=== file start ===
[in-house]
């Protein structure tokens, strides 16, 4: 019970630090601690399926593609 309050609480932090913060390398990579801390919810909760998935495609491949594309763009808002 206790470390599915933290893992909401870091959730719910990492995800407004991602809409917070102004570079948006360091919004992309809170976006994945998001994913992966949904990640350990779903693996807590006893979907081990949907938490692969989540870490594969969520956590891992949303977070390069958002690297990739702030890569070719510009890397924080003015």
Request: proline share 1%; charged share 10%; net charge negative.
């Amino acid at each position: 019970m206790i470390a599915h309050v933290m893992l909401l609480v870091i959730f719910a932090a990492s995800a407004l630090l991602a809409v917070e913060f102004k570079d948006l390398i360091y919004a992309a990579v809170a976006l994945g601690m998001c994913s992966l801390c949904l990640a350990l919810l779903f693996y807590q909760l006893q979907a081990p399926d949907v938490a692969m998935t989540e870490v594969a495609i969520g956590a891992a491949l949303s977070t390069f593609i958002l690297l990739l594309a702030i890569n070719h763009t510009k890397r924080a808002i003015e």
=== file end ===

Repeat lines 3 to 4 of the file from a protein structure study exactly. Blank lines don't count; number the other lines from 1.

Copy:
Request: proline share 1%; charged share 10%; net charge negative.
């Amino acid at each position: 019970m206790i470390a599915h309050v933290m893992l909401l609480v870091i959730f719910a932090a990492s995800a407004l630090l991602a809409v917070e913060f102004k570079d948006l390398i360091y919004a992309a990579v809170a976006l994945g601690m998001c994913s992966l801390c949904l990640a350990l919810l779903f693996y807590q909760l006893q979907a081990p399926d949907v938490a692969m998935t989540e870490v594969a495609i969520g956590a891992a491949l949303s977070t390069f593609i958002l690297l990739l594309a702030i890569n070719h763009t510009k890397r924080a808002i003015e």